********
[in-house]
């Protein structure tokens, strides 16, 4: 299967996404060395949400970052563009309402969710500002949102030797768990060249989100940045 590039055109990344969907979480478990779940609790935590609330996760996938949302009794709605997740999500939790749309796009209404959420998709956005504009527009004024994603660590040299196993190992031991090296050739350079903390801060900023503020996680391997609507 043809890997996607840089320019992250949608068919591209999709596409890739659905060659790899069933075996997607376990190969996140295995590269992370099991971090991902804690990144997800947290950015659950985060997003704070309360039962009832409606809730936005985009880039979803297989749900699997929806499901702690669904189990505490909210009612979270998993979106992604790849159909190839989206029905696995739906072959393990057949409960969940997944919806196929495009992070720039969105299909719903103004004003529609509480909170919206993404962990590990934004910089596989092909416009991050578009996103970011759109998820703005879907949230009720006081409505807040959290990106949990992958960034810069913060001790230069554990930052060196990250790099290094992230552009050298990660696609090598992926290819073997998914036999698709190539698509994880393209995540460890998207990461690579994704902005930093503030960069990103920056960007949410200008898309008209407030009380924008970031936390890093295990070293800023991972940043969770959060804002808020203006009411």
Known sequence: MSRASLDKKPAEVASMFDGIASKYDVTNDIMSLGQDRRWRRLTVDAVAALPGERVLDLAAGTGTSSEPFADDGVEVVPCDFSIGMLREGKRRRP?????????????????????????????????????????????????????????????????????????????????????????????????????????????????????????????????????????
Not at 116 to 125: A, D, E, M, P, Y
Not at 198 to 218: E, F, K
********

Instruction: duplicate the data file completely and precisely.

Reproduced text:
[in-house]
């Protein structure tokens, strides 16, 4: 299967996404060395949400970052563009309402969710500002949102030797768990060249989100940045 590039055109990344969907979480478990779940609790935590609330996760996938949302009794709605997740999500939790749309796009209404959420998709956005504009527009004024994603660590040299196993190992031991090296050739350079903390801060900023503020996680391997609507 043809890997996607840089320019992250949608068919591209999709596409890739659905060659790899069933075996997607376990190969996140295995590269992370099991971090991902804690990144997800947290950015659950985060997003704070309360039962009832409606809730936005985009880039979803297989749900699997929806499901702690669904189990505490909210009612979270998993979106992604790849159909190839989206029905696995739906072959393990057949409960969940997944919806196929495009992070720039969105299909719903103004004003529609509480909170919206993404962990590990934004910089596989092909416009991050578009996103970011759109998820703005879907949230009720006081409505807040959290990106949990992958960034810069913060001790230069554990930052060196990250790099290094992230552009050298990660696609090598992926290819073997998914036999698709190539698509994880393209995540460890998207990461690579994704902005930093503030960069990103920056960007949410200008898309008209407030009380924008970031936390890093295990070293800023991972940043969770959060804002808020203006009411």
Known sequence: MSRASLDKKPAEVASMFDGIASKYDVTNDIMSLGQDRRWRRLTVDAVAALPGERVLDLAAGTGTSSEPFADDGVEVVPCDFSIGMLREGKRRRP?????????????????????????????????????????????????????????????????????????????????????????????????????????????????????????????????????????
Not at 116 to 125: A, D, E, M, P, Y
Not at 198 to 218: E, F, K